The Canadian government actively promotes and supports the international operations of Canadian extractive companies. This support takes many forms, including political backing (eg. support by embassies and trade commissions in opening doors overseas).
Shin Imai v. Canada
Access-to-information lawsuit concerning Canada’s intervention in human rights cases against Goldcorp Inc. in Guatemala
Case update: The Federal Court has ruled that the Canadian government is not legally required to disclose details about its diplomatic interventions on behalf of a Canadian mining firm accused of human rights abuse in Guatemala. The court found Ottawa was justified in blacking out key details in the documents it released because revealing them would reasonably be expected to bring “harm to Canada’s international relations.” The court initially issued a confidential decision, several weeks before making it public in February.
Overview of the case
On March 2, 2021, the Federal Court of Canada heard arguments in a lawsuit seeking information about the Canadian government’s response to a human rights case concerning a Canadian-owned mine in Guatemala. The suit was brought by York University law professor and co-founder of the Justice & Corporate Accountability Project (JCAP), Shin Imai, who first sought the information through access-to-information requests in 2014.
The documents released to date, though redacted, show that Canadian officials engaged on Goldcorp’s behalf with decision-makers in Guatemala and Washington after the Organization of American States’ human rights commission called for a suspension of operations at the company’s Marlin mine in 2010. The Guatemalan government ultimately denied the commission’s request, which was meant to protect the rights of Indigenous communities, and the commission retracted it in 2011.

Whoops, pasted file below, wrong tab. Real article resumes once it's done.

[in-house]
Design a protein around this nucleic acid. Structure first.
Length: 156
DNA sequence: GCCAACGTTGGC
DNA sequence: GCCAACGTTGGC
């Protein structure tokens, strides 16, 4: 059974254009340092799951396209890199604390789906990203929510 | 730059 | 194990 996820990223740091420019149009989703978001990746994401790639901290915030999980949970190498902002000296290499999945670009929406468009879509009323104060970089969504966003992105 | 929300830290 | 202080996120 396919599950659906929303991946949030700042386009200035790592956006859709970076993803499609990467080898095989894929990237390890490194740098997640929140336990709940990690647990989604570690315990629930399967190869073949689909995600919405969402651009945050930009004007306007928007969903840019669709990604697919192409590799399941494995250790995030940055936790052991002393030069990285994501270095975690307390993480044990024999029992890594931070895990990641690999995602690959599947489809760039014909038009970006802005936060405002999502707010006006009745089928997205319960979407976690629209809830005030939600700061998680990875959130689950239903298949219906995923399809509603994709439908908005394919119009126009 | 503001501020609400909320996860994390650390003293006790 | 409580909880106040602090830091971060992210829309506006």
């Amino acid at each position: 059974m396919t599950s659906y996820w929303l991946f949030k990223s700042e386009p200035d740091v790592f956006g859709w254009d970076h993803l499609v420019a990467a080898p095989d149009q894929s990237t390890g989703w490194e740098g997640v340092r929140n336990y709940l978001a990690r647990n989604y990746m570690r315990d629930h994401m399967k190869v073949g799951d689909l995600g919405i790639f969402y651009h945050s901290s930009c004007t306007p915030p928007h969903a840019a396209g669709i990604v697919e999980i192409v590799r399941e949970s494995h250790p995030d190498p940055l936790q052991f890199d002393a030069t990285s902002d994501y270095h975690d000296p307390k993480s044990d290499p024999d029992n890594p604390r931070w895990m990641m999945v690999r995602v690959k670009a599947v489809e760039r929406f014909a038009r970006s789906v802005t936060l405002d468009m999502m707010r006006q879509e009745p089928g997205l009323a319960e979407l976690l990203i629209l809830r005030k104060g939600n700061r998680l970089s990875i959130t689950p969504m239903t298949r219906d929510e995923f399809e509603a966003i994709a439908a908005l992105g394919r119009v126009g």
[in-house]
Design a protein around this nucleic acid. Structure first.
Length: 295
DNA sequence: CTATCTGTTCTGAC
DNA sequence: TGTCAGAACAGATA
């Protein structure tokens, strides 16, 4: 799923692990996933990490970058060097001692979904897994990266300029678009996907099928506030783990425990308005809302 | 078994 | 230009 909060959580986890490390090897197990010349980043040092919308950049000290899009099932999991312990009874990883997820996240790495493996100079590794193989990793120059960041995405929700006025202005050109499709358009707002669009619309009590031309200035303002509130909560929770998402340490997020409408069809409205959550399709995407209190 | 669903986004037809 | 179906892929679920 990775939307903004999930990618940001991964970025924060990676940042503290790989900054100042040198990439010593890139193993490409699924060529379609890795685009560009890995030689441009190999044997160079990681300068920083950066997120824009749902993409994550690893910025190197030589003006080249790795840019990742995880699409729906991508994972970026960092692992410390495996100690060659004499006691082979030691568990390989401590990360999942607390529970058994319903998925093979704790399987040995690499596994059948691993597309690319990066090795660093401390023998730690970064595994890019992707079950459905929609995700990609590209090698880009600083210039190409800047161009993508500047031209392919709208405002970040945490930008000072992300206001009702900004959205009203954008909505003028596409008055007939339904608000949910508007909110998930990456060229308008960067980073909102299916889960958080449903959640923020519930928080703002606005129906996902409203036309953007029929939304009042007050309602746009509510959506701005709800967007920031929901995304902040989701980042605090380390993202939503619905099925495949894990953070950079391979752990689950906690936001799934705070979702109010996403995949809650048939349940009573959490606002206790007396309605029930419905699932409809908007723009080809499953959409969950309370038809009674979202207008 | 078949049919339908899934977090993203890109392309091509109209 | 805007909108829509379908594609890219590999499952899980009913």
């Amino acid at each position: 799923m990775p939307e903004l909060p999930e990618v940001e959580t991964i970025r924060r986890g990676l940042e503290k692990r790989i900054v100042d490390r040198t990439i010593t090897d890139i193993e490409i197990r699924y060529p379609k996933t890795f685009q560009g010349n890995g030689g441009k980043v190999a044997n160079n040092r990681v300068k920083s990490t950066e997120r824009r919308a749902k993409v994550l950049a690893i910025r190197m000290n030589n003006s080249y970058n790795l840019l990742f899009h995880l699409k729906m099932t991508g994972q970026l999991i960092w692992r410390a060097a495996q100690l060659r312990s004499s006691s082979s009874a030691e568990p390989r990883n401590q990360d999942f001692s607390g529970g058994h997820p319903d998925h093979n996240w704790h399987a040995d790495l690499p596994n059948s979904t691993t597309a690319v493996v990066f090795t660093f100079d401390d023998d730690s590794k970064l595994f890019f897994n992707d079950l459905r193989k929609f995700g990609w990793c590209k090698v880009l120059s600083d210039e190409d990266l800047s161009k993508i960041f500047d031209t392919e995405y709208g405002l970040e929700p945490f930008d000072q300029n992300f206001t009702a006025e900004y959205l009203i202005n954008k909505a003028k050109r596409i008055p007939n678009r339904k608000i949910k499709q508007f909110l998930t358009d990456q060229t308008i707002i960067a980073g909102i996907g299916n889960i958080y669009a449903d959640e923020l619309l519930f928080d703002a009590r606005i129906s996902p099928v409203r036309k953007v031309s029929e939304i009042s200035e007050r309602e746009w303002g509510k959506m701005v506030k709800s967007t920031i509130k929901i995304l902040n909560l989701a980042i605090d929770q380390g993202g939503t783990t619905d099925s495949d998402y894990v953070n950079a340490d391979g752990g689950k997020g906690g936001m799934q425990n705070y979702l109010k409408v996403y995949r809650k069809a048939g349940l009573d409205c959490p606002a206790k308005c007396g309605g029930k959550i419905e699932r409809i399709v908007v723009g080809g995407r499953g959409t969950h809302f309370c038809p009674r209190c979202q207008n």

The lawsuit contends that Global Affairs Canada improperly withheld information from public disclosure, and that the Office of the Information Commissioner erred when it reviewed the case and found the redactions were justified under the Access to Information Act. Professor Imai asked the court to order the disclosure of further details that could clarify the extent to which Canada pressed the human rights commission and the Guatemalan government to act in Goldcorp’s interest, without due regard for the concerns of Indigenous communities. In doing so, Canada may have run afoul of its international obligations.
Mr. Imai’s legal challenge was developed by JCAP and is supported by the following civil society groups: Above Ground, Amnesty International, the Canadian Network on Corporate Accountability, Inter Pares, MiningWatch Canada and the Steelworkers Humanity Fund.
“The Canadian government’s decision to go to court rather than disclose this additional information raises the question: what else did it do to support Goldcorp?” says Shin Imai of JCAP. “The public should be able to scrutinize the government’s actions here, to assess the extent to which it undermined Indigenous communities’ efforts to defend their rights.”
Why this case matters